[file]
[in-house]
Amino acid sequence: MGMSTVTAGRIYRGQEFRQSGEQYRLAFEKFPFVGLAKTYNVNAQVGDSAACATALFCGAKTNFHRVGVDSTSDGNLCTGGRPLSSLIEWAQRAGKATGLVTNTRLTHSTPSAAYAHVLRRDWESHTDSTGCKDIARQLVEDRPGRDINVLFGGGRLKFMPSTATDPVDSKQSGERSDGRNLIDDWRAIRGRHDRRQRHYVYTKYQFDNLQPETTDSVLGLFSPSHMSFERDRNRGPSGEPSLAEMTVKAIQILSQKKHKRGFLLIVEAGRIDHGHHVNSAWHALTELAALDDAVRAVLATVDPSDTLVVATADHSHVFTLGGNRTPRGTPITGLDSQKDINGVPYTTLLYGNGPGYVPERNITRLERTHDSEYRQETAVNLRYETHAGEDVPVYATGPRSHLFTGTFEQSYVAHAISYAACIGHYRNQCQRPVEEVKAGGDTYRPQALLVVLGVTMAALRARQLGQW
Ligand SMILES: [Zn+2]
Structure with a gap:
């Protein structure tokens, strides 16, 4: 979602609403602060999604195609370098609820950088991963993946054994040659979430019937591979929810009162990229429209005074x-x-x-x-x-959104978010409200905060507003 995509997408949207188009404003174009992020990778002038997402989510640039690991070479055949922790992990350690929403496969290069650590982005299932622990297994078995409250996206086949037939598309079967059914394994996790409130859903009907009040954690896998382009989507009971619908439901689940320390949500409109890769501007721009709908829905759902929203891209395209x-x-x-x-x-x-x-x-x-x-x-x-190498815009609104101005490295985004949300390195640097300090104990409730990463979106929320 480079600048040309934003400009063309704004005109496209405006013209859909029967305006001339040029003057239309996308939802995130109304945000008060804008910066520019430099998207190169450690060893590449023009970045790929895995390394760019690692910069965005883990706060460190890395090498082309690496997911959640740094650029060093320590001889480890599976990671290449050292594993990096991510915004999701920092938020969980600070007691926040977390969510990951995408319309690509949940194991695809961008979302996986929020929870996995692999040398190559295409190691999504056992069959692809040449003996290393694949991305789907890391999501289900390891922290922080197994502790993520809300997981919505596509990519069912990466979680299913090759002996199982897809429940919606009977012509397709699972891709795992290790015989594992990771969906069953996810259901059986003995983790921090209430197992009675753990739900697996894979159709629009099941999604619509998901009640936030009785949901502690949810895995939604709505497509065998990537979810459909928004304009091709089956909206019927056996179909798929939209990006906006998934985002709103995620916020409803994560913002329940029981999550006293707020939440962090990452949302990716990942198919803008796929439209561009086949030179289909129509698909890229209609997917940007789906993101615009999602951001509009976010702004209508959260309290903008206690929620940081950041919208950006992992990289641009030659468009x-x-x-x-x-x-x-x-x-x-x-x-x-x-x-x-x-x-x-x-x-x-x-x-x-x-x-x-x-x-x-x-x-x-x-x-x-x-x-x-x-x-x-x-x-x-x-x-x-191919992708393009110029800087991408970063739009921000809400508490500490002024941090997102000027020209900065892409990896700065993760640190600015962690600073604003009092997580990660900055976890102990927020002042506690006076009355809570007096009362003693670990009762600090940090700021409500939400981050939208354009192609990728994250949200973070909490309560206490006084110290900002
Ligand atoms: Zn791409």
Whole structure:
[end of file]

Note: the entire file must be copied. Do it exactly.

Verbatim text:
[in-house]
Amino acid sequence: MGMSTVTAGRIYRGQEFRQSGEQYRLAFEKFPFVGLAKTYNVNAQVGDSAACATALFCGAKTNFHRVGVDSTSDGNLCTGGRPLSSLIEWAQRAGKATGLVTNTRLTHSTPSAAYAHVLRRDWESHTDSTGCKDIARQLVEDRPGRDINVLFGGGRLKFMPSTATDPVDSKQSGERSDGRNLIDDWRAIRGRHDRRQRHYVYTKYQFDNLQPETTDSVLGLFSPSHMSFERDRNRGPSGEPSLAEMTVKAIQILSQKKHKRGFLLIVEAGRIDHGHHVNSAWHALTELAALDDAVRAVLATVDPSDTLVVATADHSHVFTLGGNRTPRGTPITGLDSQKDINGVPYTTLLYGNGPGYVPERNITRLERTHDSEYRQETAVNLRYETHAGEDVPVYATGPRSHLFTGTFEQSYVAHAISYAACIGHYRNQCQRPVEEVKAGGDTYRPQALLVVLGVTMAALRARQLGQW
Ligand SMILES: [Zn+2]
Structure with a gap:
């Protein structure tokens, strides 16, 4: 979602609403602060999604195609370098609820950088991963993946054994040659979430019937591979929810009162990229429209005074x-x-x-x-x-959104978010409200905060507003 995509997408949207188009404003174009992020990778002038997402989510640039690991070479055949922790992990350690929403496969290069650590982005299932622990297994078995409250996206086949037939598309079967059914394994996790409130859903009907009040954690896998382009989507009971619908439901689940320390949500409109890769501007721009709908829905759902929203891209395209x-x-x-x-x-x-x-x-x-x-x-x-190498815009609104101005490295985004949300390195640097300090104990409730990463979106929320 480079600048040309934003400009063309704004005109496209405006013209859909029967305006001339040029003057239309996308939802995130109304945000008060804008910066520019430099998207190169450690060893590449023009970045790929895995390394760019690692910069965005883990706060460190890395090498082309690496997911959640740094650029060093320590001889480890599976990671290449050292594993990096991510915004999701920092938020969980600070007691926040977390969510990951995408319309690509949940194991695809961008979302996986929020929870996995692999040398190559295409190691999504056992069959692809040449003996290393694949991305789907890391999501289900390891922290922080197994502790993520809300997981919505596509990519069912990466979680299913090759002996199982897809429940919606009977012509397709699972891709795992290790015989594992990771969906069953996810259901059986003995983790921090209430197992009675753990739900697996894979159709629009099941999604619509998901009640936030009785949901502690949810895995939604709505497509065998990537979810459909928004304009091709089956909206019927056996179909798929939209990006906006998934985002709103995620916020409803994560913002329940029981999550006293707020939440962090990452949302990716990942198919803008796929439209561009086949030179289909129509698909890229209609997917940007789906993101615009999602951001509009976010702004209508959260309290903008206690929620940081950041919208950006992992990289641009030659468009x-x-x-x-x-x-x-x-x-x-x-x-x-x-x-x-x-x-x-x-x-x-x-x-x-x-x-x-x-x-x-x-x-x-x-x-x-x-x-x-x-x-x-x-x-x-x-x-x-191919992708393009110029800087991408970063739009921000809400508490500490002024941090997102000027020209900065892409990896700065993760640190600015962690600073604003009092997580990660900055976890102990927020002042506690006076009355809570007096009362003693670990009762600090940090700021409500939400981050939208354009192609990728994250949200973070909490309560206490006084110290900002
Ligand atoms: Zn791409």
Whole structure: